wSu = (wSu - (wD - 0) + 7) mod 7 (61)

Getting the Full Moon

The approach of determining the number of days short to the full moon on the 22nd March is typical of the Oudin’s algorithm so provided [1] and explained in 1.1 above:

c = yS div 100   (62)

n = yS mod 19   (63)

k = (c - 17) div 25 (64)

iLu = c - (c div 4) - ((c - k) div 3) + (19 * n) + 15  (65)

iLu = iLu mod 30     (66)

Relative to the 19-year cycle, the age of the full moon is given by:

fLu = iSo3 + iLu      (67)

Getting to a Sunday

How many days should be added to get to a Sunday, eLu, the following equations provide:

delta = (wSu - fLu mod 7)    (68)

delta = (delta + 7) mod 7      (69)

eLu = fLu + delta     (70)

Getting the Month and Date of Easter

The difference between Easter, eLu and Vernal equinox, iSo3 will tell whether the corresponding moon was in March or April hence the date of Easter:

l = eLu - iSo3   (71)

m = 3 + (l + 40) div 50 (72)

d = l + 22 - 31 * (m div 4)    (73)

2.3. Easter on a Full Moon of Sunday or Monday

Because the Easter algorithm builds algorithmically on a day after the full moon in principle (see fig. A1 and equation (34) and (65)), getting Easter on a full moon can simply be achieved by pulling back Easter whenever a full moon shall algorithmically fall on a Monday. This can be realized by switching the week numbers to the standard of 0 to 6 for of Sunday to Saturday respectively. To start, the crude week number on the full moon is provided by wD2:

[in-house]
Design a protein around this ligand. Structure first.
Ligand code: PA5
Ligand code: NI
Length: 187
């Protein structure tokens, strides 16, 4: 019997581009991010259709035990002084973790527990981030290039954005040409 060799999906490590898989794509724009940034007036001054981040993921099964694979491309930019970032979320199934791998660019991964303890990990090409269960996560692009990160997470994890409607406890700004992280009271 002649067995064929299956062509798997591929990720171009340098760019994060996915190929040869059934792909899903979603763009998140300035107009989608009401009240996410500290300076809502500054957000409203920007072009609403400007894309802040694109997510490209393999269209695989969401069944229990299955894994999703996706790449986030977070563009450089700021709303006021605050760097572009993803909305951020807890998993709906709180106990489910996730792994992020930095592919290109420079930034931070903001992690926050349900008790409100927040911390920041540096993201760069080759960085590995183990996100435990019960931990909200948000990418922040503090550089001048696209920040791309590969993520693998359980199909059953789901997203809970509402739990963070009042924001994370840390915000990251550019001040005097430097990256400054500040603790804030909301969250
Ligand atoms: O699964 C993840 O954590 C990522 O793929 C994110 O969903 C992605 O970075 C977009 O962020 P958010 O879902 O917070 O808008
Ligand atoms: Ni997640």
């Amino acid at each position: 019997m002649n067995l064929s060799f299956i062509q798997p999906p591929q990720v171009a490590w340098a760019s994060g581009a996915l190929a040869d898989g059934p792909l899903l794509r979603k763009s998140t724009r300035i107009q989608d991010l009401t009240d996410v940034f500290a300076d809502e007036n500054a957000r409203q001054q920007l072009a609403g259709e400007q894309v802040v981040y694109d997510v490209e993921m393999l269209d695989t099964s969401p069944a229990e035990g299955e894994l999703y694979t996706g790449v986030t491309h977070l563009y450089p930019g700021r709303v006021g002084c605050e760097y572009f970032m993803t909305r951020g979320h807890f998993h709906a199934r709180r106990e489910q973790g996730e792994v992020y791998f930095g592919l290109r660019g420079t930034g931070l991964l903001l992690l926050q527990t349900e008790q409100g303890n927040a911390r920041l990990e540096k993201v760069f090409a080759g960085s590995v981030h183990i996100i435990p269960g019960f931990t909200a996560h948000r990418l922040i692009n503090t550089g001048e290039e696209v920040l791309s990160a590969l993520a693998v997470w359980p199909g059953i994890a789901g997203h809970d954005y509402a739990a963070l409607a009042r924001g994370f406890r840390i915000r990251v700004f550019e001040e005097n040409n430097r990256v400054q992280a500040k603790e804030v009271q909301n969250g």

wD2 = (iSo + iLu) mod 7   (74)

Because the crude week number of the 22nd March 0000 is 0 (fig. A1), adding 3 to wD2 will standardize the number, so:

wS2 = 0 + (wD2 + 3) mod 7 (75)

Switching the week numbers of Sunday and Monday to 0 proceeds as follows:

Sel1 = 1 + (wS2 div 2) (76)

Sel2 = 1 + (Sel1 div 2) (77)

Sel3 = 1 + (Sel2 div 2) (78)

Sel4 = Sel3 div 2   (79)

Because the selector Sel4 takes the values of 0 for Sunday and Monday and 1 otherwise, the pushing of Easter to a Sunday that follows will be prevented in equation (81):

delta = (wSu - fLu mod 7) (80)

delta = (delta + (7 * Sel4)) mod 7 (81)

eLu = fLu + delta   (82)

The computation of the month and date of Easter proceeds so then:

l = eLu - iSo3   (83)

m = 3 + (l + 40) div 50    (84)

d = l + 22 - 31 * (m div 4)    (85)